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FUNDAMENTALS OF LEGAL RESEARCH AND WRITING

LEGAL WRITING EXERCISES


PROFESSOR: ATTY. MARY JUDE CANTORIAS-MARVEL

Answer the following questions using the IRAC principle/structure. You may go to the library to
research the substantive aspects of the answers. Bear in mind that the IRAC structure must be
followed.

1. Aki and Ben, while walking together, met Caloy. There was an altercation between Ben
and Caloy so that Ben chased and stabbed Caloy with a knife hitting his right arm thereby
causing slight physical injury. Ben desisted from further assaulting Caloy, but Aki lunged
at Caloy and felled him this time with a bolo which mortally wounded Caloy. Thus, he
died. a) What is the criminal liability of Aki? How about that of Ben? Explain your answers.

IRAC Answer

Issue: a. Whether or not Aki committed the


crime of murder?
b. Whether or not Ben is liable of
felony?

Rule: ARTICLE 248, Sec. 1 of RPC provides


that “any person who, not falling within
the provisions of Article 246 shall kill
another, shall be guilty of murder and
shall be punished by reclusion Perpetua
to death, if committed with any of the
following attendant circumstances:

1. With treachery, taking advantage of


superior strength, with the aid of armed
men, or employing means to weaken the
defense or of means or persons to insure
or afford impunity.”

Luis B. Reyes, Revised Penal Code


Book 2 (2012), p. 549. A physical injury
which incapacitates the offended party
from working for 9 days and some hours
without amounting to 10 days, is a slight
physical injury.
Analysis: In the case at bar, Aki employed treachery,
taking advantage of his superior strength
with the use of bolo and with the aid of
armed men (Ben).

Meanwhile, Ben chased and stabbed Caloy


with a knife hitting his right arm thereby
causing slight physical injury.

Conclusion: a. Therefore, Aki is liable for murder.

b. Based on facts and law, it can be


deduced that Ben is liable for slight
physical injuries.

a. Whether or not Aki committed the crime of murder?

Under the law, article 248, Sec. 1 of RPC provides that “any person who, not falling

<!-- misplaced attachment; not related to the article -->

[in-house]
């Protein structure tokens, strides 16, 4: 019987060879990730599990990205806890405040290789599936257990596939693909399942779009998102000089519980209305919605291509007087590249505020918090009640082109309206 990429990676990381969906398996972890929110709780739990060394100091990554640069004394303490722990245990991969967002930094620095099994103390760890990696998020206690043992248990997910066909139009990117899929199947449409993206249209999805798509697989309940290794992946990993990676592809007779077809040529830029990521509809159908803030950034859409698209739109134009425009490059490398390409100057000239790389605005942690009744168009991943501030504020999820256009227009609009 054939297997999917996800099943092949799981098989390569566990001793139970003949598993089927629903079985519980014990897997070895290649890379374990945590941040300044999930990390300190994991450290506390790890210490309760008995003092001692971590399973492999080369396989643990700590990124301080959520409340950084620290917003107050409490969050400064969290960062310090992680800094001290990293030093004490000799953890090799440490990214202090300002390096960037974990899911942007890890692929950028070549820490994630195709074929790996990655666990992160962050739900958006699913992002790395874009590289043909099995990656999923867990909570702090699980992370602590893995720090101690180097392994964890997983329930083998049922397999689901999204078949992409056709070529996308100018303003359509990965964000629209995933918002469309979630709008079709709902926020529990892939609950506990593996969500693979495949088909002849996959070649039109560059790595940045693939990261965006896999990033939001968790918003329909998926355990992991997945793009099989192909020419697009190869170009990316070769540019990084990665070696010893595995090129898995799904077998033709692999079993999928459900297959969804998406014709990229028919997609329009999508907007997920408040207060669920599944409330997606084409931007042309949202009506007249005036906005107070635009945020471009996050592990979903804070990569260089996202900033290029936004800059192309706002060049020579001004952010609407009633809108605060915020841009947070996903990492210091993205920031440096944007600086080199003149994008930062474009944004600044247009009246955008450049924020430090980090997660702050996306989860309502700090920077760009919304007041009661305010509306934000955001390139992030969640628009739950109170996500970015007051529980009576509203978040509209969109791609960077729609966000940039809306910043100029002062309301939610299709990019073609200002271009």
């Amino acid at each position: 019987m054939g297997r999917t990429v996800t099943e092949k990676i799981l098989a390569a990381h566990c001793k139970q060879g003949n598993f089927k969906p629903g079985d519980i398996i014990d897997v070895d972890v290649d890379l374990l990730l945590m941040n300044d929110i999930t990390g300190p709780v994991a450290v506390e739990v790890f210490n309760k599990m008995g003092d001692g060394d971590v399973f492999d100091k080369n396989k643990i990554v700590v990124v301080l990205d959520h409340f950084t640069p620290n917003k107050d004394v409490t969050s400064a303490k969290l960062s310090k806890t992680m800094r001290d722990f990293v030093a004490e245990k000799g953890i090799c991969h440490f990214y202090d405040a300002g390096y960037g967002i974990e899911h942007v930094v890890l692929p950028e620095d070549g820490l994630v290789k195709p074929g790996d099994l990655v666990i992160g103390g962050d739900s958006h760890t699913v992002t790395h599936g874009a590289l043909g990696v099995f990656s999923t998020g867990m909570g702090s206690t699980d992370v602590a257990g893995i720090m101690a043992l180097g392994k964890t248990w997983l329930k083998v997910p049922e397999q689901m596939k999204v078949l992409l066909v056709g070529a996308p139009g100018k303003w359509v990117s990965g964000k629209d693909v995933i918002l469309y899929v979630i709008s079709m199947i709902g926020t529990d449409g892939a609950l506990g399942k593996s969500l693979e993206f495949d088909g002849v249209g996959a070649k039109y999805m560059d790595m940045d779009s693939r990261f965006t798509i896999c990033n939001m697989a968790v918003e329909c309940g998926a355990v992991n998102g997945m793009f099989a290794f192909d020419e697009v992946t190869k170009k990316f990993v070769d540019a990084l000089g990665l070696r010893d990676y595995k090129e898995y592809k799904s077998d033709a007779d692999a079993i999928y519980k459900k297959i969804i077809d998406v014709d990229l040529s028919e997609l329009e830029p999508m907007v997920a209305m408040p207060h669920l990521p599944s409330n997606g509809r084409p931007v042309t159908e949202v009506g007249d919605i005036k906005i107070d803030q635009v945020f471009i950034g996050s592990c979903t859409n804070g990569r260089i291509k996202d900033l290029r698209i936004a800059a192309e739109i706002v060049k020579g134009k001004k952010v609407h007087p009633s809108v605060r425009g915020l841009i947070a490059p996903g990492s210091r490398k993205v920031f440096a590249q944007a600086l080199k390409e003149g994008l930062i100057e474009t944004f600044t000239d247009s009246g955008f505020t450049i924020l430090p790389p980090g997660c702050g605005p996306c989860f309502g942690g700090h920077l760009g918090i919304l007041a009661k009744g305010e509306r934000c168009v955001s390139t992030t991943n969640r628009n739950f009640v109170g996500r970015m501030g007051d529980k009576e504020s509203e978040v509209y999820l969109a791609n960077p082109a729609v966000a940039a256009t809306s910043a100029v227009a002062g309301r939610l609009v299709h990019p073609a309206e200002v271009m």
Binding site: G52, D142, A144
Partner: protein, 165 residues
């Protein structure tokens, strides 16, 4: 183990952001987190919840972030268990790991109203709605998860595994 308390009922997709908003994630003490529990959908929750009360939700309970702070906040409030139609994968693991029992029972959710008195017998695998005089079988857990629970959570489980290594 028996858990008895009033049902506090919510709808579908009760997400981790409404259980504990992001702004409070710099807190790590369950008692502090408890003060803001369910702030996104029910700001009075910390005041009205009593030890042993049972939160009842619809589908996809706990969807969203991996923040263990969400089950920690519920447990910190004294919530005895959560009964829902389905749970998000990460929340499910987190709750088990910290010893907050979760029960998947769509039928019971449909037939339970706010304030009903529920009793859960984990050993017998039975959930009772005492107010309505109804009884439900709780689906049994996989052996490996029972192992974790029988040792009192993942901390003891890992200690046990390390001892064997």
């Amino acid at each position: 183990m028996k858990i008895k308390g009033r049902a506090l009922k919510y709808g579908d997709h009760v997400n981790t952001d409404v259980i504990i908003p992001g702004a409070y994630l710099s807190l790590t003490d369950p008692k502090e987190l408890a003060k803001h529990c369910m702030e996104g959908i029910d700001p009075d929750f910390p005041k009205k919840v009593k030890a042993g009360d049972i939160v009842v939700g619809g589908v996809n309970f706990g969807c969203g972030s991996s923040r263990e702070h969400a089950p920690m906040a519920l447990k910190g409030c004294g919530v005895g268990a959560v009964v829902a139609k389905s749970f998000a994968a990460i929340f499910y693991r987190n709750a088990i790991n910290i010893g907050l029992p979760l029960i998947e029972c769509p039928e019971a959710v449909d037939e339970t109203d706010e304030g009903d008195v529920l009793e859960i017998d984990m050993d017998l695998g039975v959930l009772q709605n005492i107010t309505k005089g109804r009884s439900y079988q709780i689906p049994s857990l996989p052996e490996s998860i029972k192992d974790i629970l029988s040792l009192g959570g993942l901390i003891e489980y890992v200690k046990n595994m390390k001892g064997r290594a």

within the provisions of Article 246 shall kill another, shall be guilty of murder and shall
be punished by reclusion Perpetua to death, if committed with the attendant circumstance
of treachery, taking advantage of superior strength, with the aid of armed men, or
employing means to weaken the defense or of means or persons to insure or afford
impunity.”

In the case at bar, Aki employed treachery, taking advantage of his superior strength
with the use of bolo and with the aid of armed men (Ben).
Based on the facts and law, Aki is liable for murder.

b. Whether or not Ben is liable for slight physical injuries?

Under the Revised Penal Code, the elements of less serious physical injuries are that
the offended party is incapacitated for labor for 10 days or more (but not more than 30
days), or needs medical attendance for the same period of time and that the physical injuries
must not be those described in the preceding articles.

In the aforementioned case, Ben chased and stabbed Caloy with a knife hitting his right
arm thereby causing slight physical injury.

Based on law and facts, it can be deduced that Ben is liable for slight physical injuries.
2. Deeply enraged by his wife’s infidelity, the husband shot and killed her lover. The husband
subsequently surrendered to the police. How will the court appreciate the mitigating
circumstances of (i) passion or obfuscation, (ii) vindication of a grave offense, and (iii)
voluntary surrender that the husband invoked and proved? Explain your answers.

IRAC Answer

Issue: Whether or not the husband can invoke the


mitigating circumstances of passion or
obfuscation, vindication of a grave
offense, and voluntary surrender.
Rule: Article 13, paragraph 6, Revised Penal
Code states that, those of having acted
upon an impulse so powerful as naturally
to have produced passion or obfuscation.

For this mitigating circumstance to be


considered, it must be shown that:
(Requisites)
1. An unlawful act sufficient to
produce passion and obfuscation
was committed by the intended
victim,
2. That the crime was committed
within a reasonable length of time
from the commission of the
unlawful act that produced the
obfuscation in the accused’s mind,
and
3. That the passion and obfuscation
arose from lawful sentiments and
not from a spirit of lawlessness or
revenge.

Article 13, paragraph 5, Revised Penal


Code provides: That the act was